Abraham Lincoln is one of those individuals whose stature is so large that he has become engulfed in myth—myth that often replaces reality. In poll after poll, the man who died on April 15, 1865, has consistently been ranked by historians and the American people as our greatest president. Both political parties claim to represent his values and never hesitate to invoke his name to bolster their image. Over 145 statues of Lincoln stand, more than two dozen of them in foreign countries. Lincoln is recognized internationally as a symbol of freedom and all that America stands for.
Yet now, he finds himself a target of those who would pull down those statues. He has evolved from being called the Great Emancipator to “a stone-cold racist.” His domestic life has been likewise dissected. Some claim he hated his father, found himself in a marriage made in hell, suffered from Marfan Syndrome, Multiple Endocrine Neoplasia, even syphilis. Had John Wilkes Booth not assassinated Lincoln, some assert, he would have died in office during his second term from one or all of those diseases.
Scholars are not the only ones reevaluating Lincoln. In 2016, as a result of a misstatement by a candidate running for state office, students at the University of Wisconsin demanded that his statue be removed from its place of honor in front of Bascom Hall because “he once owned slaves.” Even after that was proven false, they called for the statue’s removal because he had ordered the murder of 38 Dakota Sioux Native Americans. Similarly, in January 2021, Lincoln was among the historical figures whom the San Francisco school board voted to remove from the names of 44 schools, because, as one board member stated, “He contributed to the pain and decimation” of the Dakota Sioux. (The renaming process was suspended this month.)
Historical revision in itself is not bad, but it must be based on facts. Truth, after all, is the stock-in-trade of all historians. Lincoln said it best: “History is not history unless it is the truth.”
But getting to the truth is seldom easy. In the case of Lincoln, this is particularly true. One can find documentation of an unending number of people who were eager to give personal testimony to their relationship and knowledge of the great man. Many exaggerated, a few lied. For example, 11 people swore they were in the state box at Ford’s theater the night he was shot. Twenty-six people claim they carried him from the theater to the Petersen House where he died. Fifty-six people claim they were standing at his bedside, witness to the moment of his death. Four individuals, all honorable men, claimed to have placed coins on the deceased Lincoln’s eyes.
When it comes to his pre-presidential years, the truth is even harder to assess. Documentary records are scarce, so historians turn to personal recollections by people who knew Lincoln, some better than others—people Lincoln historian James G. Randall referred to as having “dim and misty” memories.
So how are we to judge the truth about the man?
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Lincoln was our most eloquent president. Still, it is his actions by which he should be judged. The Gettysburg Address, his farewell speech to the people of Springfield, his condolence letter to Mrs. Bixby, and his Second Inaugural address are considered among the greatest writings in western literature. Yet the Emancipation Proclamation, which reads like a bland legal document, contains the most important words that ever flowed from Lincoln’s pen: “All persons held as slaves within any state or designated part of a state, the people whereof shall then be in rebellion against the United States, shall be then, thenceforward, and forever free.”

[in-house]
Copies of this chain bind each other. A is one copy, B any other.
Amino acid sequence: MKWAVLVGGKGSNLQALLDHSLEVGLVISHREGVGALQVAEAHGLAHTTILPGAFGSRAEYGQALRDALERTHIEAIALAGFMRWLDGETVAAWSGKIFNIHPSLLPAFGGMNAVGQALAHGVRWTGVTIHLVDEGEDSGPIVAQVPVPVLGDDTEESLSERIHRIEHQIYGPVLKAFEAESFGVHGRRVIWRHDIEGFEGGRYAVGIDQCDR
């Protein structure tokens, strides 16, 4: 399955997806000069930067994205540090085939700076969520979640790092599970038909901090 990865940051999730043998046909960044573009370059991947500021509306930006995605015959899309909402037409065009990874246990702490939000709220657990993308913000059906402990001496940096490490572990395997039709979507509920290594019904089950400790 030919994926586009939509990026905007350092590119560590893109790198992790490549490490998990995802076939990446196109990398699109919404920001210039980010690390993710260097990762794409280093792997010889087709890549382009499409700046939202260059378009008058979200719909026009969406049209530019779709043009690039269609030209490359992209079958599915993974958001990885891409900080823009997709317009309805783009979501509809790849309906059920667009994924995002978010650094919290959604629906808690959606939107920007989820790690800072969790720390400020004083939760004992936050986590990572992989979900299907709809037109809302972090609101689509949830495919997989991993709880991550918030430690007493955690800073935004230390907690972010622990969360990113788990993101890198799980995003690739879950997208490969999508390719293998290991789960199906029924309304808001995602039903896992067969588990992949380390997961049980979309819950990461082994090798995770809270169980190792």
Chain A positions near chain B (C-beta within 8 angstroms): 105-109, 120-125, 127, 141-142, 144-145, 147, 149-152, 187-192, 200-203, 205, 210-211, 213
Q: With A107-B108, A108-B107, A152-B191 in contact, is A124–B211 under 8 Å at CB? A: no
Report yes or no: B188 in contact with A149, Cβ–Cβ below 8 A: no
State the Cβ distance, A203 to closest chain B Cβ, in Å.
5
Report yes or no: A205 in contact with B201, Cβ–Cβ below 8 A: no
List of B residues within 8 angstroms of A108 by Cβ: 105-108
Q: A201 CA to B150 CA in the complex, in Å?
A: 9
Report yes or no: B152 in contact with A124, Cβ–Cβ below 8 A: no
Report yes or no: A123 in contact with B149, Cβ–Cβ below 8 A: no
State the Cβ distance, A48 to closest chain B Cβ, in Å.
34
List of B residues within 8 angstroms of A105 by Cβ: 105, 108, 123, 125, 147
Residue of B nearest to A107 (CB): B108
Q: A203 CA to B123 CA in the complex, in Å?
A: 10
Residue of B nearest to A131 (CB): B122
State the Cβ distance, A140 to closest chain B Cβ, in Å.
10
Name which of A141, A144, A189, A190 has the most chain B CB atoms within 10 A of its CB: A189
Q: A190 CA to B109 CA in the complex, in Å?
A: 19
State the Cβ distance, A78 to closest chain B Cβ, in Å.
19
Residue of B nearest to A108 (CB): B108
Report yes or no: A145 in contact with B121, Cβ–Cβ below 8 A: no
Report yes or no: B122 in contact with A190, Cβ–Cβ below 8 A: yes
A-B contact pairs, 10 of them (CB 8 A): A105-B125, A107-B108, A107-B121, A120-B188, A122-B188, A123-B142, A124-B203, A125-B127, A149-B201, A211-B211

Modern-day critics rightly point out that these words freed very few slaves at the time of their issuance in 1863. However, just as the Declaration of Independence did not free a single American, the Emancipation Proclamation established the basis upon which a war would be fought and freedom won.
All historical figures led nuanced lives, and those gray areas are important to acknowledge. Lincoln never owned slaves, but there are ambiguities in his personal views on race. And it is true that he approved the death sentences of 38 Native Americans, though he did so after he reviewed the trial records of 303 Dakota Sioux who had been condemned to death after the 1862 Sioux Uprising in Minnesota. In the end, he overturned the convictions and sentences of 265 and allowed 38 sentences to stand.
But when it comes to the reason why Lincoln deserves his place at the top of all those rankings, the answer is relatively simple. Abraham Lincoln might not have loved his father, might have had a difficult marriage and might have suffered several life-threatening diseases, but there is no solid evidence to support such claims. What we do know for certain is that he saved the Union and, in doing so, helped bring about the freedom of millions of enslaved people. Judge him by those actions, and there will be little room for doubt.
Edward Steers Jr. is the author of Getting Right With Lincoln: Correcting Misconceptions About Our Greatest President, available from the University Press of Kentucky.
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